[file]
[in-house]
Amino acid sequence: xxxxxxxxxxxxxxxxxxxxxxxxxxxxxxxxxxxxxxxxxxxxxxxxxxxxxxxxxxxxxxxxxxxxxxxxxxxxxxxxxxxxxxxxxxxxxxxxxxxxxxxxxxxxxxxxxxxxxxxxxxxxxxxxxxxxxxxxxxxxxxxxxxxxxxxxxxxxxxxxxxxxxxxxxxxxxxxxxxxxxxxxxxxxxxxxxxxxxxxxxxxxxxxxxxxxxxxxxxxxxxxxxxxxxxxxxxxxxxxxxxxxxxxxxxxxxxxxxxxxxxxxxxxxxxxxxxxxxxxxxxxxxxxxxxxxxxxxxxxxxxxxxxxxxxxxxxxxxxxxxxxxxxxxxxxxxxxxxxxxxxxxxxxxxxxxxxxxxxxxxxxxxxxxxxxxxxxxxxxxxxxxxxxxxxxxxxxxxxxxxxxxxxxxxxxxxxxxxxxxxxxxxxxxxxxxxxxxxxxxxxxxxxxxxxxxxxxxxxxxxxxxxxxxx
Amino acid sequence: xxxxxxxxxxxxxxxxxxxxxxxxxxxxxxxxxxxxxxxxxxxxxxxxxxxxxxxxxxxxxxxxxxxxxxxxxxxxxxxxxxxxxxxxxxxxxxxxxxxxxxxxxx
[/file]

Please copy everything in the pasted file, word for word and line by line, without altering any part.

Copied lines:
[in-house]
Amino acid sequence: xxxxxxxxxxxxxxxxxxxxxxxxxxxxxxxxxxxxxxxxxxxxxxxxxxxxxxxxxxxxxxxxxxxxxxxxxxxxxxxxxxxxxxxxxxxxxxxxxxxxxxxxxxxxxxxxxxxxxxxxxxxxxxxxxxxxxxxxxxxxxxxxxxxxxxxxxxxxxxxxxxxxxxxxxxxxxxxxxxxxxxxxxxxxxxxxxxxxxxxxxxxxxxxxxxxxxxxxxxxxxxxxxxxxxxxxxxxxxxxxxxxxxxxxxxxxxxxxxxxxxxxxxxxxxxxxxxxxxxxxxxxxxxxxxxxxxxxxxxxxxxxxxxxxxxxxxxxxxxxxxxxxxxxxxxxxxxxxxxxxxxxxxxxxxxxxxxxxxxxxxxxxxxxxxxxxxxxxxxxxxxxxxxxxxxxxxxxxxxxxxxxxxxxxxxxxxxxxxxxxxxxxxxxxxxxxxxxxxxxxxxxxxxxxxxxxxxxxxxxxxxxxxxxxx
Amino acid sequence: xxxxxxxxxxxxxxxxxxxxxxxxxxxxxxxxxxxxxxxxxxxxxxxxxxxxxxxxxxxxxxxxxxxxxxxxxxxxxxxxxxxxxxxxxxxxxxxxxxxxxxxxxx